Friday, November 27, 2009

The Melancholy of Lost Civilizations in RPGs

Gamasutra recently reported on a presentation by veteran RPG designer Ken Rolston, in which he noted that world-building often means creating objects and settings from days gone by:

Often, that melancholy comes when exploring the remains of long-dead civilizations, seemingly something of a preoccupation of Rolston, and one that frequently makes its way into his games by way of in-game artifacts.

"Melancholy, I think, is the underlying tone in most of the role-playing games I've done," Rolston said, adding, "I know games are all about fun, but there's an underlying tone I'm always trying to speak to."
That aspect of RPGs never struck me before... but how appropriate that a sense of melancholy is consciously integrated into the design of most RPGs!

By its nature, the typical RPG conventionally contains several things, among which are a relatively well-developed world and characters roaming that world killing each other. Well, what does it say about these worlds that it's considered normal for people to go around killing each other without being clapped in irons immediately as a danger to society?

As worlds in which the player character can run around killing people, that naturally suggests some kind of breakdown of order. This makes it almost inevitable that the created history of the world of a computer-based roleplaying game must include lost civilizations, in which a Golden Age of the past was more civilized than the Hobbesian present.

It's virtually commonplace to see cultural and architectural fragments of former civilizations in a fantasy milieu. Michael Moorcock's Elric, last emperor of languid Melniboné, is regularly described as melancholic. In computer RPGs, there were the Ayleid Empire of The Elder Scrolls and the Tevinter Imperium of BioWare's new Dragon Age. But a more aesthetically advanced past is almost always part of other well-developed RPG settings as well -- the mythically idyllic pre-invasion past of the Fallout series, for example, or the Republic before Palpatine corrupted it, or the pre-catastrophe world before The Computer took over Alpha Complex in Paranoia (another game Ken Rolston worked on).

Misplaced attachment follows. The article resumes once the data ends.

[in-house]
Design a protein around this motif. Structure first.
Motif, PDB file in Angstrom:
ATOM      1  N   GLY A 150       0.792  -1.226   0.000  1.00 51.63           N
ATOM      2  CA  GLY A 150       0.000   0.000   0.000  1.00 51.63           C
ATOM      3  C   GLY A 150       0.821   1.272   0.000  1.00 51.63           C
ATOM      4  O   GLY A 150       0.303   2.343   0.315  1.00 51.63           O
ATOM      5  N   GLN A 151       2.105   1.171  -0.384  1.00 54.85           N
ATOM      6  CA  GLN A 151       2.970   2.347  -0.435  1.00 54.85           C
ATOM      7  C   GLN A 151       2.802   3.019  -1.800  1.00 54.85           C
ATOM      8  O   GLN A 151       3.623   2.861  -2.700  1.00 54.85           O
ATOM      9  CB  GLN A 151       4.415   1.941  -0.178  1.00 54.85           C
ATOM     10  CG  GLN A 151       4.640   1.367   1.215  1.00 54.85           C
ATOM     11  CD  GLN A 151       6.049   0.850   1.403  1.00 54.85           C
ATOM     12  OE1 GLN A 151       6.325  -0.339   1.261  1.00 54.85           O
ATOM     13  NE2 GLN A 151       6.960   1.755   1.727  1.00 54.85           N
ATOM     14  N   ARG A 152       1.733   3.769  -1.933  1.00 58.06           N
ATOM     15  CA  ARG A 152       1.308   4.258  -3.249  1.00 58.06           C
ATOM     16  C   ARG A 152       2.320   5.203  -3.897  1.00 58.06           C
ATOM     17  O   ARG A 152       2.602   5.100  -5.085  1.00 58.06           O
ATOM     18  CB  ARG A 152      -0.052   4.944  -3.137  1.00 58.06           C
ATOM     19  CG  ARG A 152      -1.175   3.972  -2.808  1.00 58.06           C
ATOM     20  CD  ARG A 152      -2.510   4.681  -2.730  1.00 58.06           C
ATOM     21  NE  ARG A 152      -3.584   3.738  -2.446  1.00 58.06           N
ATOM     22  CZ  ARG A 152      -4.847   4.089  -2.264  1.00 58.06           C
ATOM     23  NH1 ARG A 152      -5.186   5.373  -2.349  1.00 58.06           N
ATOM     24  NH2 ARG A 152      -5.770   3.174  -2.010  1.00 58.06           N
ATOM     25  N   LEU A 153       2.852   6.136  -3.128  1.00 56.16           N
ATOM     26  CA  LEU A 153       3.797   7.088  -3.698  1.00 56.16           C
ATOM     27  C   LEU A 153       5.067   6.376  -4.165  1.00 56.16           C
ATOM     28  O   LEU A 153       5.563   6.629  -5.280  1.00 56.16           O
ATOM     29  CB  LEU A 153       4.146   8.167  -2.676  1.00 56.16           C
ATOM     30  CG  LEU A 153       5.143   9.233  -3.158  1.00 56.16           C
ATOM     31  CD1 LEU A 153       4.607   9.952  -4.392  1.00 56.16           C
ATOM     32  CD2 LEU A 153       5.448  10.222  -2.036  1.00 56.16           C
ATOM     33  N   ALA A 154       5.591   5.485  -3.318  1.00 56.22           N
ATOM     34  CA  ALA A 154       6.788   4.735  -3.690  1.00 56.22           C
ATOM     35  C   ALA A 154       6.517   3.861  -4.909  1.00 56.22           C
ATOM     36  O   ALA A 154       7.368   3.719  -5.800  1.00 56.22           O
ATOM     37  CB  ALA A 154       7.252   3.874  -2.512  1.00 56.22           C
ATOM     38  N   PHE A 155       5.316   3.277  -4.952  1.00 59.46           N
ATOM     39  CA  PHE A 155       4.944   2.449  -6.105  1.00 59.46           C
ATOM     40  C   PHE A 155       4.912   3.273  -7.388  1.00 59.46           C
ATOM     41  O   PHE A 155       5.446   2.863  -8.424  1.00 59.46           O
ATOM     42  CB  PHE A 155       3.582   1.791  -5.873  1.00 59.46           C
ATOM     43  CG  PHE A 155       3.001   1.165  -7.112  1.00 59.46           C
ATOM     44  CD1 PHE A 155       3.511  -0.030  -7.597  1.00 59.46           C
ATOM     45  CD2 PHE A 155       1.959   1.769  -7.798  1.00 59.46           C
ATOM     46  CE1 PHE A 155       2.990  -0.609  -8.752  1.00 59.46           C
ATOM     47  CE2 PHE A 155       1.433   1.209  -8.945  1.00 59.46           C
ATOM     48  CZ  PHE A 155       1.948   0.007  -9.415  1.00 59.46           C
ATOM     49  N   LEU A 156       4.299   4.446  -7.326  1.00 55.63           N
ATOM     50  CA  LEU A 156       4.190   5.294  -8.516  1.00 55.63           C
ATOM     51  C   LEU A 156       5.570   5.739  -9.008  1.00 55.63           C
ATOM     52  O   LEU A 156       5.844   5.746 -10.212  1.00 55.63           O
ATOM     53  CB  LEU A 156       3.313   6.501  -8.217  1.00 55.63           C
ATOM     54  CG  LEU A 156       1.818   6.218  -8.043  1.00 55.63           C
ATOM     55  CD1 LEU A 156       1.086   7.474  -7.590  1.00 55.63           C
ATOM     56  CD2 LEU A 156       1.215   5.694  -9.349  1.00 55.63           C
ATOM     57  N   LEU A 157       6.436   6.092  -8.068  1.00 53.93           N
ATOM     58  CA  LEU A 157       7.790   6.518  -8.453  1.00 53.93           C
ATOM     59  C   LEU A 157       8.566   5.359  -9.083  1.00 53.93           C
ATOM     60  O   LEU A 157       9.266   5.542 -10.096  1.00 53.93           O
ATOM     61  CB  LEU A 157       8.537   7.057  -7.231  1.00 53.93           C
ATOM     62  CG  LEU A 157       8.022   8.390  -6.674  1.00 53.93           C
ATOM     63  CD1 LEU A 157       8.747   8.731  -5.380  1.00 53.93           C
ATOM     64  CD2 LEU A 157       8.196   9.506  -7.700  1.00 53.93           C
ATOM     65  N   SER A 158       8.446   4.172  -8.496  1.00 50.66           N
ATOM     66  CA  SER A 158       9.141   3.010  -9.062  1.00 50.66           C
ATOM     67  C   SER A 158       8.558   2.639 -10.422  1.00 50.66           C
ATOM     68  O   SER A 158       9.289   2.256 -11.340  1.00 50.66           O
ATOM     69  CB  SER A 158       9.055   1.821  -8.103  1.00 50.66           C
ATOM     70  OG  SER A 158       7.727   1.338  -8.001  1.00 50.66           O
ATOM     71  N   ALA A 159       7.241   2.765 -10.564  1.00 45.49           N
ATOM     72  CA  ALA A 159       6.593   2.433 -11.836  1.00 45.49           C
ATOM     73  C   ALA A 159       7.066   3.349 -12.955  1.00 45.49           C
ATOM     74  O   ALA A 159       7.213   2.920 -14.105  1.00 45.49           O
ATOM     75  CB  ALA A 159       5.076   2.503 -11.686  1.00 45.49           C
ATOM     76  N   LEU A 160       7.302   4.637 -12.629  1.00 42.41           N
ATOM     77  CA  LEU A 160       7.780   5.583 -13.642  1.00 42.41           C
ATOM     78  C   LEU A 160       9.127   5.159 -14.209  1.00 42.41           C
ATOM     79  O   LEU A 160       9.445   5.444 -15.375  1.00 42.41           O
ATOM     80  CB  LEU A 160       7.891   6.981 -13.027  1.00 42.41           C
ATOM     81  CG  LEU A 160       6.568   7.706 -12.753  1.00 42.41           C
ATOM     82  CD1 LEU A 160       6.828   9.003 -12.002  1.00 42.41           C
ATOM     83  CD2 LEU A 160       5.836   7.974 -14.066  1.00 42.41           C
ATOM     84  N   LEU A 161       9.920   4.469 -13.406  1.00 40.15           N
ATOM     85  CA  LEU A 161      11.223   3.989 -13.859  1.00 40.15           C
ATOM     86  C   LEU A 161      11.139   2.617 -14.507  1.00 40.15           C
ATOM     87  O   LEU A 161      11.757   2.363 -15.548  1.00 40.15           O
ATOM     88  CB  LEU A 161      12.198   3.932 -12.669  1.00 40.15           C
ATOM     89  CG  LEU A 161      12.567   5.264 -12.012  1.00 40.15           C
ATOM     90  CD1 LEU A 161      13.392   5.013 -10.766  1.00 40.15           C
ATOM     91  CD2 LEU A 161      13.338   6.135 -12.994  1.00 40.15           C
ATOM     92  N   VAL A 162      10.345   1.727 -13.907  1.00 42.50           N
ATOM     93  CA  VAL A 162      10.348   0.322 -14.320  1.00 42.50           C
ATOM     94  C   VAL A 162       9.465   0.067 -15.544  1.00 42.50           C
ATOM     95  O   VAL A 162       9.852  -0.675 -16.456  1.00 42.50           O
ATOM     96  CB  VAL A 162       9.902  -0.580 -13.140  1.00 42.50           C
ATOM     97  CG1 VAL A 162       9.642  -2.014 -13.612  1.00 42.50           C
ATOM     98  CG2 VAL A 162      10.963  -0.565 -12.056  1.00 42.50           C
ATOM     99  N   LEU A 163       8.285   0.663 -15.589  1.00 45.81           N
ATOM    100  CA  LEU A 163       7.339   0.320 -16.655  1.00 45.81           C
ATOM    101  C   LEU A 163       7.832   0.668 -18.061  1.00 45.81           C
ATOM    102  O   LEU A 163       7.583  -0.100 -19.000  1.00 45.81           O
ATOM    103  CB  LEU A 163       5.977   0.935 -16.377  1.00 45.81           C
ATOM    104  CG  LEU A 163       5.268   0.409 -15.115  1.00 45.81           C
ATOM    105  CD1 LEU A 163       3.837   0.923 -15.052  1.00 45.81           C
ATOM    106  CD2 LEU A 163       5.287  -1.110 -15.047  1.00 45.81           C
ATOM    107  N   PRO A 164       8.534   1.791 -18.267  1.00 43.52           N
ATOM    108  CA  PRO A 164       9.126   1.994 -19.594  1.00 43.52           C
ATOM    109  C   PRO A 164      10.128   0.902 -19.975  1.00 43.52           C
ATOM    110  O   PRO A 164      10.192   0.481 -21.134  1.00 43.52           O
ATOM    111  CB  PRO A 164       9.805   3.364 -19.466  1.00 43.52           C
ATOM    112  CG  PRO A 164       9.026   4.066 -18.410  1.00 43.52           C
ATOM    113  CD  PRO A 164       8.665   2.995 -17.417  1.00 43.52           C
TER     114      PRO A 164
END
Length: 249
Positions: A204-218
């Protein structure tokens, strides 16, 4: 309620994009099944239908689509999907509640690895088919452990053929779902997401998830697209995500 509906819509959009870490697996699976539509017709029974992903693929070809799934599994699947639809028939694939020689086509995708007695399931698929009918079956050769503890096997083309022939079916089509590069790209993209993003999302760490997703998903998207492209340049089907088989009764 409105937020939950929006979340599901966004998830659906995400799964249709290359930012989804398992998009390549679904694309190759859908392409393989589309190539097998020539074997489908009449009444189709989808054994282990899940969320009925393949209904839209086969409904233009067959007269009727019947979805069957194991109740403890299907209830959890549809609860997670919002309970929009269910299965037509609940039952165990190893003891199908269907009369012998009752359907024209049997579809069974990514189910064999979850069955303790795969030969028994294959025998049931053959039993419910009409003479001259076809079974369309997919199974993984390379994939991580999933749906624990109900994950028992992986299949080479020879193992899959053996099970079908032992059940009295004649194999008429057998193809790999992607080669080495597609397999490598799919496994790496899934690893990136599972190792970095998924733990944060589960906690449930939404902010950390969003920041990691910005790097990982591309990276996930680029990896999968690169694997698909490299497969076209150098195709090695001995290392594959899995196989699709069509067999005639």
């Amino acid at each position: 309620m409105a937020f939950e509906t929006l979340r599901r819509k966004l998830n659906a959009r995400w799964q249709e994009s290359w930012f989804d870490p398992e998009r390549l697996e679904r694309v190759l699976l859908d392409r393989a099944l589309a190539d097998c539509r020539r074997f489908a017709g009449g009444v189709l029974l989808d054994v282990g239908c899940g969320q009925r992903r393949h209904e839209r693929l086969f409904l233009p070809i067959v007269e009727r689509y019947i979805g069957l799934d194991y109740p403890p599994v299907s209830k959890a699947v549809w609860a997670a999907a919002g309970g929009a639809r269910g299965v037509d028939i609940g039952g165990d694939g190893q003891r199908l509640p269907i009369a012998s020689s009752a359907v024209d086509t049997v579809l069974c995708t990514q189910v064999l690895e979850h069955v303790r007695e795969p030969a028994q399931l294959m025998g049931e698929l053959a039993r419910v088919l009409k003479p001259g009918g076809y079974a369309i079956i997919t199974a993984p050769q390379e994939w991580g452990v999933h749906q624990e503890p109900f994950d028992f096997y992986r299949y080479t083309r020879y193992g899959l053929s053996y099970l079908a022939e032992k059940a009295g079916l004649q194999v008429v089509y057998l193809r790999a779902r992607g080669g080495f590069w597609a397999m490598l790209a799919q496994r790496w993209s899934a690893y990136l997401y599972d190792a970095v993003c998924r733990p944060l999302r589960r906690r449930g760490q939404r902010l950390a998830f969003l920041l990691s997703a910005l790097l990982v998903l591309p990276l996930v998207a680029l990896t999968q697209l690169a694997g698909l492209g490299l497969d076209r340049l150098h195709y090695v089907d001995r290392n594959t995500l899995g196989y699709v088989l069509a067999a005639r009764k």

In such worlds, where you can't swing a sword or fire a bullet without hitting some burnt-out ruin, any character capable of thinking beyond moment-to-moment survival must feel some sense of melancholy for a life that might have been. It's a natural way of lending some emotional depth to what otherwise could have been a simple action-oriented killfest.

Consider the choices and placement of objects in Bethesda's Fallout 3. The use of artifacts in Fallout 3 are a graduate-level course in how the objects placed in a gameworld can define the narrative of that world.

Fallout 3 was filled with what might be called "microstories." Open a door to a bathroom and see a skeleton in a bathtub, surrounded by empty bottles of booze and a pistol. Look into a small bedroom and find an array of children's toys, seemingly abandoned in the moment of play. Peer into a closet in a tunnel and discover a rat's-nest of useful items guarded by a lone teddy bear. (And let's not forget the "plunger room" or the Rube Goldberg-style trapped grocery store....)

In every place where people lived, there are artifacts posed in ways that tell a small story of the moments just before The Big One... or the grim and hopeless days after. I can't imagine even the most hardcore gamer, who cares only for how many Super Mutants he can kill, being insensitive to the pathos of the little stories and the overall sense of lives meaninglessly snuffed out that they tell.

Is that "fun" in and of itself? I suppose not. "Experience feelings of loss!" will probably never be part of the advertising materials for a game. But did the care that went into telling those sad microstories make Fallout 3 more memorable -- more fun -- for me?

Absolutely yes. More generally, I would say they contributed to making Fallout 3 a more satisfying game for many gamers.

But should that sense of melancholy be a part of every RPG with aspirations of worldiness?

The question for RPG designers is, do they want to continue to create worlds in which emotional heft is supplied by an elegiac regret over the remnants of lost civilizations?

Or is it possible to build a deep RPG world that includes all the lethal conflict that gamers seem to want, but that takes its emotional depth from some place other than comparison to "a more civilized age?"

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